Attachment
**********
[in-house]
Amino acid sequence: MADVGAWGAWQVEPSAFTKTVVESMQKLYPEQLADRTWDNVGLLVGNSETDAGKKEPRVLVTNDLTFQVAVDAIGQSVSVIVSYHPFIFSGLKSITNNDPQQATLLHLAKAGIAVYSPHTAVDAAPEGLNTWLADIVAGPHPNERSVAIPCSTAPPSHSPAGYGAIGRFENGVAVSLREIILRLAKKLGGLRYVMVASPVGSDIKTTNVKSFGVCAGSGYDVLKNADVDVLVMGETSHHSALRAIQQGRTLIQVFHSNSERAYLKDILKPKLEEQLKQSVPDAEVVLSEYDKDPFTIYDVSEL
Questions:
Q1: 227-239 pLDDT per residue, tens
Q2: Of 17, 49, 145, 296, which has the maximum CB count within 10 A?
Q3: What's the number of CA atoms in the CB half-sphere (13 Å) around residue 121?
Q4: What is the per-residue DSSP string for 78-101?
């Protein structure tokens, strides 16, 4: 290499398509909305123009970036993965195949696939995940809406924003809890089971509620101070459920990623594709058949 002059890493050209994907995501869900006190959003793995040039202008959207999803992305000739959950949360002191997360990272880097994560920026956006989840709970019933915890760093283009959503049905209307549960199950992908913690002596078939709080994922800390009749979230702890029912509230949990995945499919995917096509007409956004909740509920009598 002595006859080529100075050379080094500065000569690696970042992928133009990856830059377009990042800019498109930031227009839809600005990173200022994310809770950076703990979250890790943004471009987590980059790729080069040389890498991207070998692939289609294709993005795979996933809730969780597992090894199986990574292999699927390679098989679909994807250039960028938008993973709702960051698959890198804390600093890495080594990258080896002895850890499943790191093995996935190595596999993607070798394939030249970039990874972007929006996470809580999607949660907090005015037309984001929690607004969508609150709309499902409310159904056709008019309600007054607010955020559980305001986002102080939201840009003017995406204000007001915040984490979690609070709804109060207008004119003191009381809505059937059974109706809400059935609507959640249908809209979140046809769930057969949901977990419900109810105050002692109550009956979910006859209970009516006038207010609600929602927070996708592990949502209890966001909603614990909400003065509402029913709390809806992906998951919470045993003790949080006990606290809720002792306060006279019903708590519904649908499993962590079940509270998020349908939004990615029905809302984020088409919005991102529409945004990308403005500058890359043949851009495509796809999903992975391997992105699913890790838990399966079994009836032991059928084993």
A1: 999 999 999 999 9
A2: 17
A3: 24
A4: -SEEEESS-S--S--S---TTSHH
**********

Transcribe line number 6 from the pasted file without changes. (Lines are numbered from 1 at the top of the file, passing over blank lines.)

Q3: What's the number of CA atoms in the CB half-sphere (13 Å) around residue 121?